Opener “Orlando” begins with a snippet of city sounds before crescendoing into a deceptively cheery groove. The warmth of Hynes’ production could make anyone gloss over the lyrics that describe the times he was sucker punched as a kid. “First kiss was the floor,” he sings in his delicate high tenor. Hynes has been open about the insecurities he developed as a result of bullying, and it’s an apt place to start an album that is ultimately about finding release. Similarly, “Take Your Time” is an earthy meditation on being present propelled by flute, while the bright synths and vibrant guitar riff of “Charcoal Baby” contour the fight against loneliness and the subsequent breaking. The stripped-back “Runnin'” highlights a life lived in a state of perpetual restlessness, but the mighty voice of the experimental musician Georgia Anne Muldrow offers comfort: “Hold on, you’re gonna be OK, everybody goes through it.”

On album standout “Chewing Gum,” Hynes adds his own clever twist to the recent resurgence of classic Memphis hip hop in modern releases. In addition to tapping Harlem’s A$AP Rocky, he calls on Memphis rapper Project Pat and puts them atop a skittering sample of “Lookin’ For Da Chewin” by another Memphis rhymer, Kingpin Skinny Pimp. The result is an unexpected song of surrender. On the hook, Hynes begs, “Tell me what you want from me,” while Rocky contributes a mellowed (though somewhat unrelated) verse. Pat gets the chopped and screwed treatment set against celestial synths before the song cuts off abruptly and the gospel is ushered in.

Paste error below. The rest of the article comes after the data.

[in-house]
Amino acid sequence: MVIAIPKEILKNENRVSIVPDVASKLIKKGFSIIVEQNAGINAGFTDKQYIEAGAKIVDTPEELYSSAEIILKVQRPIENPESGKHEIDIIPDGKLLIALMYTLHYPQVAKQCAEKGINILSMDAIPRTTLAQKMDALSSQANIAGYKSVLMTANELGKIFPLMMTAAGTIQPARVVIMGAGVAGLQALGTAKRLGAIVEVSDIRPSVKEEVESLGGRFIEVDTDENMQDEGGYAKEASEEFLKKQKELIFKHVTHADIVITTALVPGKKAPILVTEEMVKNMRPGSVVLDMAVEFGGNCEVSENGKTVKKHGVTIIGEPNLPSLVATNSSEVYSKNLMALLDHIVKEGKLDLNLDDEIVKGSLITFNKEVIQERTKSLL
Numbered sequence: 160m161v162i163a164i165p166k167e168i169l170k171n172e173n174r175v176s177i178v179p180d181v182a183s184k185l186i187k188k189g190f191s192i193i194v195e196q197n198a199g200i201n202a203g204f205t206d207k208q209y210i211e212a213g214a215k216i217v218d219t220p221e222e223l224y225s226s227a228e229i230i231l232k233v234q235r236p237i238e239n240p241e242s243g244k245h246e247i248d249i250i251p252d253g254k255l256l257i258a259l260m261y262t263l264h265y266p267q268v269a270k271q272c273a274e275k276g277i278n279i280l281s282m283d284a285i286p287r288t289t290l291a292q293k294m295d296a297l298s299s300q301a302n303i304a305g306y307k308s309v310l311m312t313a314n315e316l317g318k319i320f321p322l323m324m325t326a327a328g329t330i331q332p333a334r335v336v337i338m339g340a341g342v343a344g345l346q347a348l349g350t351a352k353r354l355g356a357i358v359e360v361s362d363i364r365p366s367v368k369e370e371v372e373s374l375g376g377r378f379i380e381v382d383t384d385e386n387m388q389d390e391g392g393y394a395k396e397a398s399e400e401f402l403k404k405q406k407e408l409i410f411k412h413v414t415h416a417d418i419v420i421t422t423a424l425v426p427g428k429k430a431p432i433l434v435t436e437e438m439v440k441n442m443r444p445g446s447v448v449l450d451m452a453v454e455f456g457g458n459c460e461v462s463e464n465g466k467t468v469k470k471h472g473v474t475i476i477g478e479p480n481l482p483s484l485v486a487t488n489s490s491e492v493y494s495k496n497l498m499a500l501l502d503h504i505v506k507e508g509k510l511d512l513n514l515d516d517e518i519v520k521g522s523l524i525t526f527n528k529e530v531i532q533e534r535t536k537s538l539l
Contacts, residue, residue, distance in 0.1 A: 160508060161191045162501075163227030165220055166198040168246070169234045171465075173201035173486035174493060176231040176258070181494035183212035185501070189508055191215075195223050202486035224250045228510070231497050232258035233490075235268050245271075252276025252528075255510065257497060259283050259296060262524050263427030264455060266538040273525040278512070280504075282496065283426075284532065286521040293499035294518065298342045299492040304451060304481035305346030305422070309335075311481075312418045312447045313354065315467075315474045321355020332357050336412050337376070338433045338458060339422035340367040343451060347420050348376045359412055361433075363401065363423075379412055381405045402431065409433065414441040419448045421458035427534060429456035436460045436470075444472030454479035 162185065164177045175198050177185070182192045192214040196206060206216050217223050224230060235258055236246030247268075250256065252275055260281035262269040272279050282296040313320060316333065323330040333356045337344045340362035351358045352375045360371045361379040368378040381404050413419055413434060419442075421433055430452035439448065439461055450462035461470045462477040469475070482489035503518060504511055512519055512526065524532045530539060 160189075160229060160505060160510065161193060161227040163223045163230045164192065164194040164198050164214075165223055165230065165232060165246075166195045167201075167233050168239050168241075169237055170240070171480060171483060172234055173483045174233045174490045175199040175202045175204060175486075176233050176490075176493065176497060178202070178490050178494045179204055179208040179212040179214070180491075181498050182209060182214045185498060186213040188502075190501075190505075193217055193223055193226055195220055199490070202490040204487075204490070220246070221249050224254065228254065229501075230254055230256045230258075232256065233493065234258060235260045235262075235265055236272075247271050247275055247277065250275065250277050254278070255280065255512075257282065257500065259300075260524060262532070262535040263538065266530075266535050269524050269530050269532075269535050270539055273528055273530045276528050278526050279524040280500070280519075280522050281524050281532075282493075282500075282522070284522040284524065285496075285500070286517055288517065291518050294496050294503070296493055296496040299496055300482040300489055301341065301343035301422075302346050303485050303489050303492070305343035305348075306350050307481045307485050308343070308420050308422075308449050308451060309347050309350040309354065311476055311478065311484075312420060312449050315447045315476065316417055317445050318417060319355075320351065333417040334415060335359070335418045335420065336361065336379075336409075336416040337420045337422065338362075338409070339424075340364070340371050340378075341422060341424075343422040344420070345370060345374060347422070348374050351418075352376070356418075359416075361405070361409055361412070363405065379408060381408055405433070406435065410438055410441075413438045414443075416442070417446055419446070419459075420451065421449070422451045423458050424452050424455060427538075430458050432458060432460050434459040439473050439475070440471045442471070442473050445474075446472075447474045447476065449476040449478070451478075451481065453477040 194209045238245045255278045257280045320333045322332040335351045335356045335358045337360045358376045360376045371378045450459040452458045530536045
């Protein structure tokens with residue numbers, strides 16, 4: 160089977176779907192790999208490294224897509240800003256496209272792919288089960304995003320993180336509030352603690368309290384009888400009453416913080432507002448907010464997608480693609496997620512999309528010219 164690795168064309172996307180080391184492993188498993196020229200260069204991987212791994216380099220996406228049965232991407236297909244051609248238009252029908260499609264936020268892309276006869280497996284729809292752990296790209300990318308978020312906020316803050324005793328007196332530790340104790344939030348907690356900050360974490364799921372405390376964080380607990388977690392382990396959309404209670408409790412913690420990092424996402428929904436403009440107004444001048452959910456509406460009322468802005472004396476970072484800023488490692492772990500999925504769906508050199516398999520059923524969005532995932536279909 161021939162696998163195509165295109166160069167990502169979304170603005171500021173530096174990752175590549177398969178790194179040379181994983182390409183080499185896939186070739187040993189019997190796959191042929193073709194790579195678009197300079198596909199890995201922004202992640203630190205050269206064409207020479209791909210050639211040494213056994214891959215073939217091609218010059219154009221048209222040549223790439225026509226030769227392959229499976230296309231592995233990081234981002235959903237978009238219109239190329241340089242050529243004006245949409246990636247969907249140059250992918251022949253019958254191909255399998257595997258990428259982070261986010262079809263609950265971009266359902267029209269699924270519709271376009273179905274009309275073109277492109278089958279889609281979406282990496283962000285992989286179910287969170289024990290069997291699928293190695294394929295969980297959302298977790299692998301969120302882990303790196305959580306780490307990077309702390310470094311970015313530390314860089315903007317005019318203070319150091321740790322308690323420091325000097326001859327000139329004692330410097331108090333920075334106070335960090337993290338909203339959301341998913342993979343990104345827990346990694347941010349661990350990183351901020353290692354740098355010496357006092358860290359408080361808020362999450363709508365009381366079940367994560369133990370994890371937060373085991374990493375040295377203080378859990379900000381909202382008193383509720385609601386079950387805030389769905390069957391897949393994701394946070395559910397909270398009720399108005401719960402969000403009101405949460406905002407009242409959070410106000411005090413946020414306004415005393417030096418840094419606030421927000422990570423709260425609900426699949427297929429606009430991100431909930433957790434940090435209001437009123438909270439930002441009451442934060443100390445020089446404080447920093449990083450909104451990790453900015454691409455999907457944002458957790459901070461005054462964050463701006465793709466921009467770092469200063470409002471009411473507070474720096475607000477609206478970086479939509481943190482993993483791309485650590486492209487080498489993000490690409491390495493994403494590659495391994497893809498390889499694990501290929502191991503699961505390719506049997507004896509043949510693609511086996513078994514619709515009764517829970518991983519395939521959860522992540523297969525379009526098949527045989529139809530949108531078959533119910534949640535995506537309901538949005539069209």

The stunning “Holy Will” pulls its potency straight from the heavens above: A bone-chilling falsetto cracks through electronic swirls in a rendition of the Clark Sisters hymn “Center Of Thy Will.” Ian Isiah prays, “Lord, I just want to be rooted and grounded in thee/ Lord place me, I want to be centered in thy will,” as a chorus grows around him. It’s one of the album’s most breathtaking arrangements and honors the way gospel has historically offered respite from struggle and heartache to black folks; some traditions run through our veins whether we’re in church or not.